Friday, January 1, 2021





A Wound Called Afrin*


I shall restore my heart

from the devastation it received through the years.

I shall remove the dark stains of sadness,

the blue bruises of pain.

From its walls, I shall remove the dry crusts

and the deep wrinkles that appeared on its skin.

I shall remove the decaying flesh,

the fat built up in its arteries.

Yet, I am keeping a single deep wound

that keeps growing in my heart,

a wound called Afrin!

I shall never let anybody to mess with it,

to come close to it,

or to try to heal it.

It is the wound of my heart alone.

With it, my heart‘s beats gets regulated.

For its sake, my hearts lives.

*Afrin is the city of the poet




As A Kurd Would Love His Stubbornness!


I love these rugged mountains

And these slender rivers,

with wobbly knees pouring into their charnel house.

I love these stones that defies sunrays in the midsummer heat,

and the frosty cold in the midwinter chills.

I love this soil that resembles my body

And this land that foremost means the heart.

I love this dust, a kohl for my eyes it is

And this air, a balm for my lungs it is.

I love this skimpy terebinth

And the fragrant hawthorn.

I love cacti and its thorns,

Olives and its yearnings.

I love this thin reed that serenades all the time on the river bank,

This dark swamp where frogs continuously croak.

I love the daisy flower that resembles the whiteness of my heart,

And these tulips that fraternize with my blood.

I love these mud houses

And these tents, fluttering on the outskirts of forgotten villages.

I love this generous vine, bequeather of grapes and wine.

I love these yellow grain spikes, bequeather of food and bread.

I love these swaggering kite birds,

And these cicadas, continuously singing.

I love my land

From top to bottom

and from bottom to top

Just as a Kurd would love his stubbornness!







I pass along the madhouse.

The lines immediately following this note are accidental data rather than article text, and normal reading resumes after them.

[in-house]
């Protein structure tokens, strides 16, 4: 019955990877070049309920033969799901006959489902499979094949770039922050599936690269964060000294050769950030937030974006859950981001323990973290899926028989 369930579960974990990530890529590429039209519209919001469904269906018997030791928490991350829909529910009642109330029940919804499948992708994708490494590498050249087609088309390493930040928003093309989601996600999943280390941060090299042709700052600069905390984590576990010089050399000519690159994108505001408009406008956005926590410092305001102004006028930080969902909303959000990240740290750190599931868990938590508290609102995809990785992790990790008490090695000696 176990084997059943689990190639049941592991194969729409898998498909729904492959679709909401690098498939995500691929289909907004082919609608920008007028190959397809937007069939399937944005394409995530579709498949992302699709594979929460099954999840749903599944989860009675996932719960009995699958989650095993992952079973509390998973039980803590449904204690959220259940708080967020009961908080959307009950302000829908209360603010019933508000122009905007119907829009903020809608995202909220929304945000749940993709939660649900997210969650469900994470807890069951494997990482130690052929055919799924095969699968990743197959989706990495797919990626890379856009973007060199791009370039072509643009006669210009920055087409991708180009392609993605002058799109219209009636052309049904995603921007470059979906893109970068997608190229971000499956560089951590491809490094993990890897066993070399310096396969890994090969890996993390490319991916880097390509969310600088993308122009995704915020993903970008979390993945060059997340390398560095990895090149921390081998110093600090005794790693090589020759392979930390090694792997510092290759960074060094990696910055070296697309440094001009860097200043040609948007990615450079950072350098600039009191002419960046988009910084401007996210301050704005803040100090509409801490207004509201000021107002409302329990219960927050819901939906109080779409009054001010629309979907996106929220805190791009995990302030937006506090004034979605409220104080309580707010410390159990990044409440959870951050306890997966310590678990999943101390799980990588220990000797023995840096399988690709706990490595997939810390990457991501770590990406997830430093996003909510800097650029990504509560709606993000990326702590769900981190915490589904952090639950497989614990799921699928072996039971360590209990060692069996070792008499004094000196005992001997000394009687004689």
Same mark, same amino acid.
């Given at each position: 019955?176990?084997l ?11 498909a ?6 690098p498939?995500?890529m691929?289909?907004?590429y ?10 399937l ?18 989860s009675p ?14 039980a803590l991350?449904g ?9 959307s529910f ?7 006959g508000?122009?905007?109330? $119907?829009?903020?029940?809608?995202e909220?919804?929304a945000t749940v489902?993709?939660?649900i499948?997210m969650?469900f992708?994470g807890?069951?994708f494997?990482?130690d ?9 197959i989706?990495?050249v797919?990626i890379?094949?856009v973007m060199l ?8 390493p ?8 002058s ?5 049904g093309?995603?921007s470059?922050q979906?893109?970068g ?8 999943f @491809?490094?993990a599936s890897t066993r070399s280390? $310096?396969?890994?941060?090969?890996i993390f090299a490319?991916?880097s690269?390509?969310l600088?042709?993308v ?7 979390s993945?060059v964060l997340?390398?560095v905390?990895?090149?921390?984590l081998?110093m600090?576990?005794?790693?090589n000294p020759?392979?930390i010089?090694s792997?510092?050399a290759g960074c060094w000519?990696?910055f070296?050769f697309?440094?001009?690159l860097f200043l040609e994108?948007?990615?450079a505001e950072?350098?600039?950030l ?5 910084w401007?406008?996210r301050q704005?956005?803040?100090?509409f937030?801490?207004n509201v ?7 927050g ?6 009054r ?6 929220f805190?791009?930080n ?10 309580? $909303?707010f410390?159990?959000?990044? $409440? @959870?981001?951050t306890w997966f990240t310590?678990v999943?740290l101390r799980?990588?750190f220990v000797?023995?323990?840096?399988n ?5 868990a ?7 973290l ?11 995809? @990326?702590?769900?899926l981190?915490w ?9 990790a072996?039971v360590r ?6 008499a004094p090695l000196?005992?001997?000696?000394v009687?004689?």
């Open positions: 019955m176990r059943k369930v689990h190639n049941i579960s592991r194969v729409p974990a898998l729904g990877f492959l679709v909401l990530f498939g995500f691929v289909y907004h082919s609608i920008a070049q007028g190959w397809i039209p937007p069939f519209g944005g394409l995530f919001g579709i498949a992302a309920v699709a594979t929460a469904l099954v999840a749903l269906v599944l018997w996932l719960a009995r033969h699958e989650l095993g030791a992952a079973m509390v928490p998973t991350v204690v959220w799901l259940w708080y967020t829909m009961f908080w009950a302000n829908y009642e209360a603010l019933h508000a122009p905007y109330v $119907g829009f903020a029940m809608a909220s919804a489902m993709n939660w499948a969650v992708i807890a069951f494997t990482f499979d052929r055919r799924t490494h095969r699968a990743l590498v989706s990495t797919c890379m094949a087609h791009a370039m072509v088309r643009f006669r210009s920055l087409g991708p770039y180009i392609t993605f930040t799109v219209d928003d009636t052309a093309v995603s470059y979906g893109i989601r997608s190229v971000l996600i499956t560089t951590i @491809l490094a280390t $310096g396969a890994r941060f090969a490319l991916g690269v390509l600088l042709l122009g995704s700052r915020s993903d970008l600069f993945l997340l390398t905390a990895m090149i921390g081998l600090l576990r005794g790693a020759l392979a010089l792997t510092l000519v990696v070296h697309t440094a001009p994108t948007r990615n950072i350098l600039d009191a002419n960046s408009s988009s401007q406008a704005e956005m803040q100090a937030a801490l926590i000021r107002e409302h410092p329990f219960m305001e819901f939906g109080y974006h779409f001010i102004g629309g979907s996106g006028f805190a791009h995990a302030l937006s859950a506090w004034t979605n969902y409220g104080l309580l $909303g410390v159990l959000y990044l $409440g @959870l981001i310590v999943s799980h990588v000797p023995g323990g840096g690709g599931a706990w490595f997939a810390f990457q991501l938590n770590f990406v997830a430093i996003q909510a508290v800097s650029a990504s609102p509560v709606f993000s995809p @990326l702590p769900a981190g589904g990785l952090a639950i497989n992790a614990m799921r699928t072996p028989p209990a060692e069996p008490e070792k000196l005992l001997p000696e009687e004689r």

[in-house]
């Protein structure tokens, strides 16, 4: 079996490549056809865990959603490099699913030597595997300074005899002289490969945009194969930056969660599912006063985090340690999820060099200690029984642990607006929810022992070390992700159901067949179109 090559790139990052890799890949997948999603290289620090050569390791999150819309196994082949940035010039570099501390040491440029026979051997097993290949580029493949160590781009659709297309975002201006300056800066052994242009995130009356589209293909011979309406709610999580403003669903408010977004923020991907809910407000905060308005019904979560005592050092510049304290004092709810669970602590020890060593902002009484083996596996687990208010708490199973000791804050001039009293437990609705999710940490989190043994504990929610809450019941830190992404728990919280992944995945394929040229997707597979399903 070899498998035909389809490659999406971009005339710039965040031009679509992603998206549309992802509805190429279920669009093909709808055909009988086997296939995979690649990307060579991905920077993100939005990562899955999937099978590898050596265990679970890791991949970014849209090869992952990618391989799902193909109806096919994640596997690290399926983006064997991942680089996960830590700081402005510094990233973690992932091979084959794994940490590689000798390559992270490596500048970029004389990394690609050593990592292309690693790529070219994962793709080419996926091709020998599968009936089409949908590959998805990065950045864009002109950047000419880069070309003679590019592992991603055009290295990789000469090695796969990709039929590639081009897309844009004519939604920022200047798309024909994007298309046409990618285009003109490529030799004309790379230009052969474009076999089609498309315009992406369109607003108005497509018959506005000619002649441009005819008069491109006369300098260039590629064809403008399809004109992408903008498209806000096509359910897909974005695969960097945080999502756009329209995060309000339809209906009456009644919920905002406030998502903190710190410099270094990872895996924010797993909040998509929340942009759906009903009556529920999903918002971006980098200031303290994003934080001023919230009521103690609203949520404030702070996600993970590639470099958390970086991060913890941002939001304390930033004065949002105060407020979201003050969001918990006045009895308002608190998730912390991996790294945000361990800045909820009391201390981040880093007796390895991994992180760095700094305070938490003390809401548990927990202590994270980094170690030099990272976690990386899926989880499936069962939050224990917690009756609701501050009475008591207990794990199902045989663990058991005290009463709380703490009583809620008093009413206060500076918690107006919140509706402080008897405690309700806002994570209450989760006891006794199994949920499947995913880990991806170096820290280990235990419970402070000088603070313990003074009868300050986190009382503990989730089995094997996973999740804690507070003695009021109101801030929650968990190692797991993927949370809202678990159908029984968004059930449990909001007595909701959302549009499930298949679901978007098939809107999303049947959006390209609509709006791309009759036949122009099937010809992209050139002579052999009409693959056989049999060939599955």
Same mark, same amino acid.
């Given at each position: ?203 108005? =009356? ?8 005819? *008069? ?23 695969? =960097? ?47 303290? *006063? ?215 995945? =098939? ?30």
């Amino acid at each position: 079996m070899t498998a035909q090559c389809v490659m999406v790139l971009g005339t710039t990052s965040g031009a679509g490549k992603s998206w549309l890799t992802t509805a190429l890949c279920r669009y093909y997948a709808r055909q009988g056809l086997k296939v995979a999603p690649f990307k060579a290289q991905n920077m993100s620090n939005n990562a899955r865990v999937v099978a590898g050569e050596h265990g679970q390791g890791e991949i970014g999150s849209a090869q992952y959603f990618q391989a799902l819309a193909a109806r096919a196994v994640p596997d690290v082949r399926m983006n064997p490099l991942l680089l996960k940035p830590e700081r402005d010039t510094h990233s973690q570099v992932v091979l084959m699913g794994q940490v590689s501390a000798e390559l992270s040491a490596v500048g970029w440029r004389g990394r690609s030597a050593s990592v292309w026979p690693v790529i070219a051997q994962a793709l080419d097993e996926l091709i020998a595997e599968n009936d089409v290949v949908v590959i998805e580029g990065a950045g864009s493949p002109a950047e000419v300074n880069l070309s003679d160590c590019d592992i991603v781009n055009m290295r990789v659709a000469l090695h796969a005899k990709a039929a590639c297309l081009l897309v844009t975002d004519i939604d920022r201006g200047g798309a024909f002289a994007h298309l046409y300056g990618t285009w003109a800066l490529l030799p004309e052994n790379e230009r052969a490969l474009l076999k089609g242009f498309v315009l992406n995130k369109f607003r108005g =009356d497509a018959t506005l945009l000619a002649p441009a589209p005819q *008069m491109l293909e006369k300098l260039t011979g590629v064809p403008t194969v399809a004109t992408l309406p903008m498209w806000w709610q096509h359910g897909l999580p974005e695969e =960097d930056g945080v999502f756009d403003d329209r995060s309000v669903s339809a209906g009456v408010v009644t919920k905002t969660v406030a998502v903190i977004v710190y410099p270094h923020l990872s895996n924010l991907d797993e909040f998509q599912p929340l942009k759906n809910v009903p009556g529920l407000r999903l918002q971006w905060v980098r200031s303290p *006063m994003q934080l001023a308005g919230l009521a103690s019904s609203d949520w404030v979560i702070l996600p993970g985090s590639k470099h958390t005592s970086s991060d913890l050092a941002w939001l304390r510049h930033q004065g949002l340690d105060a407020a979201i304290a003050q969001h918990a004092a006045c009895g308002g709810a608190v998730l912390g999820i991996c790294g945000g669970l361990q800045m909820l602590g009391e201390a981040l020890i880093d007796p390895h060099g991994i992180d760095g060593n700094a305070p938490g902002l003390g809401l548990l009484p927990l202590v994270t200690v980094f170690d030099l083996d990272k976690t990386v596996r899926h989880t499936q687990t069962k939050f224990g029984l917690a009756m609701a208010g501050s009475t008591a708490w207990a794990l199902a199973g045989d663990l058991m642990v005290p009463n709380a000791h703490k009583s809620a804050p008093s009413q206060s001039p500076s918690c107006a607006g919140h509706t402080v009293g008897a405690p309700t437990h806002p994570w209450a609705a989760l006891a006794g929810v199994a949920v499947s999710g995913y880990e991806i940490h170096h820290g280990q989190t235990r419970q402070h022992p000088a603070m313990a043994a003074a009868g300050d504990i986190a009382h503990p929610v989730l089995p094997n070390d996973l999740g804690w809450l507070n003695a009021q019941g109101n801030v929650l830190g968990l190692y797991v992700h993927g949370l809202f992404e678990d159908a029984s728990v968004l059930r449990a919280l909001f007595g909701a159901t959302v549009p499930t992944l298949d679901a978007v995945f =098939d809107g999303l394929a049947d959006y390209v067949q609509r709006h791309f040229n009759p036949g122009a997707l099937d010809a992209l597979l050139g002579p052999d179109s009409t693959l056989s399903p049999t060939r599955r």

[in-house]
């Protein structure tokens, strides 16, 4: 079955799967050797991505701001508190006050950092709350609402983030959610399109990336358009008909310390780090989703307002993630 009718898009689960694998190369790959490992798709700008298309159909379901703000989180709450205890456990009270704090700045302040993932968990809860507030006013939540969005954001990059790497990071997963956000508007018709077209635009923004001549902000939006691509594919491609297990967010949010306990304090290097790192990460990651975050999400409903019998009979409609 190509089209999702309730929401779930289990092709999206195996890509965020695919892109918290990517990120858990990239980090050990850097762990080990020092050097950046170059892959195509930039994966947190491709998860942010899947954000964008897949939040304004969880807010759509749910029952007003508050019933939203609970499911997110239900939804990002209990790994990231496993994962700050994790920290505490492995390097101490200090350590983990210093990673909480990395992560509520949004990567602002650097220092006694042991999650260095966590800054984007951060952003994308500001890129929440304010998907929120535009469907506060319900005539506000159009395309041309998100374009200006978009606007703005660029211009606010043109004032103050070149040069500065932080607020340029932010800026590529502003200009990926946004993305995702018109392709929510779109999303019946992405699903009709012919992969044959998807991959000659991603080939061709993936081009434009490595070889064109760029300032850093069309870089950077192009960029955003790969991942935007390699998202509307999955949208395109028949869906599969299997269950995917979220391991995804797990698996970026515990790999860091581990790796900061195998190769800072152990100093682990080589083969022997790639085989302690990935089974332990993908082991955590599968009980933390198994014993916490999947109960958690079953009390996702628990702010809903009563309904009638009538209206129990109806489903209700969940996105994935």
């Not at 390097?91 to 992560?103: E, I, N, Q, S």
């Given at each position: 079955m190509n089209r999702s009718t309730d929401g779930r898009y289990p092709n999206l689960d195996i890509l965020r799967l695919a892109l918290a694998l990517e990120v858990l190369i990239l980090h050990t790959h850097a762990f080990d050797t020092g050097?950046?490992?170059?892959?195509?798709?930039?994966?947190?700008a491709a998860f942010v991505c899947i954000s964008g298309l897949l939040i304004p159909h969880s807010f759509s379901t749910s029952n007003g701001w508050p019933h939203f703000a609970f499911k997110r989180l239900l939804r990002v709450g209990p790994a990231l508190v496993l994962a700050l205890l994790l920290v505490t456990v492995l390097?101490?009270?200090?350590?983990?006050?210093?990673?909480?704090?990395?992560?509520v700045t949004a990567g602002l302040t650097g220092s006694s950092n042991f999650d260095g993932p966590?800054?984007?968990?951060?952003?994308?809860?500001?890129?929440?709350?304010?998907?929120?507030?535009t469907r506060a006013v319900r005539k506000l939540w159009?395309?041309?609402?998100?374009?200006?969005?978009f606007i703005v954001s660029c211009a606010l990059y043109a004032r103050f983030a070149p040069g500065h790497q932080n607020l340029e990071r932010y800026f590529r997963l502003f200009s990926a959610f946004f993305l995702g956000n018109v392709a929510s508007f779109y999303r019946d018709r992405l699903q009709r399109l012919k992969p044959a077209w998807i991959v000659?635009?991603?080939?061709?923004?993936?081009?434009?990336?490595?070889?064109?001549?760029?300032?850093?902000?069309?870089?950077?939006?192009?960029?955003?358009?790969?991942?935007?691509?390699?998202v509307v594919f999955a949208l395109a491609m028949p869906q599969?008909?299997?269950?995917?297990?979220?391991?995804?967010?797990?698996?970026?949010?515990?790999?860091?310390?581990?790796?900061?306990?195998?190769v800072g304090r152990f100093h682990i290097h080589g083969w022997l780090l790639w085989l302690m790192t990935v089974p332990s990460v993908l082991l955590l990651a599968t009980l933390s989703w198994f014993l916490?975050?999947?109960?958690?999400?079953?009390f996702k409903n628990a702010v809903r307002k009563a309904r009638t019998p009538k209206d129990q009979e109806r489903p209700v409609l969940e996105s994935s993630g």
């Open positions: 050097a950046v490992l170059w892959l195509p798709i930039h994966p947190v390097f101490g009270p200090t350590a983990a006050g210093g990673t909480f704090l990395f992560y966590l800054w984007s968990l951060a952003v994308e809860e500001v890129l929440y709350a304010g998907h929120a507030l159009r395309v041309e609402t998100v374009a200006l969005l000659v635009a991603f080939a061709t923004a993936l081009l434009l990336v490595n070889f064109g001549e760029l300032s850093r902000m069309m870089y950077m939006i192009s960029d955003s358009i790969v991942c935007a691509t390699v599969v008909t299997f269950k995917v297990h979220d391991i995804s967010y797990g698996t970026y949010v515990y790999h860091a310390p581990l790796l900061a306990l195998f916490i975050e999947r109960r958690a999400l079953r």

From the third-floor’s window

a woman shows up.

She cries: Help, I need help.

I say to her: I need that also!

She raises a wry laugh

And asks me: Are you mad like me?

All seriousness, I answer: Yes, sure.

She shakes her head and says:

Then, we will prevail!

To here, I raise the sign of victory

that is going to lose anyway and I go ahead.


Translated by Azad Akkash




HUSSEIN HABASCH is a poet from Afrin, Kurdistan. He currently lives in Bonn, Germany. His poems have been translated into English, German, Spanish, French, Chinese, Turkish, Persian, Albanian, Uzbek, Russian, Italian, Bulgarian, Lithuanian, Hungarian, Macedonian, Serbian, Polish and Romanian, and has had his poetry published in a large number of international anthologies. His books include: Drowning in Roses, Fugitives across Evros River, Higher than Desire and more Delicious than the Gazelle's Flank, Delusions to Salim Barakat, A Flying Angel, No pasarán (in Spanish), Copaci Cu Chef (in Romanian), Dos Árboles and Tiempos de Guerra (in Spanish), Fever of Quince (in Kurdish), Peace for Afrin, peace for Kurdistan (in English and Spanish), The Red Snow (in Chinese), Dead arguing in the corridors (in Arabic) and Drunken trees (in Kurdish). He participated in many international festivals of poetry including: Colombia, Nicaragua, France, Puerto Rico, Mexico, Germany, Romania, Lithuania, Morocco, Ecuador, El Salvador, Kosovo, Macedonia, Costa Rica, Slovenia, China, Taiwan and New York City.


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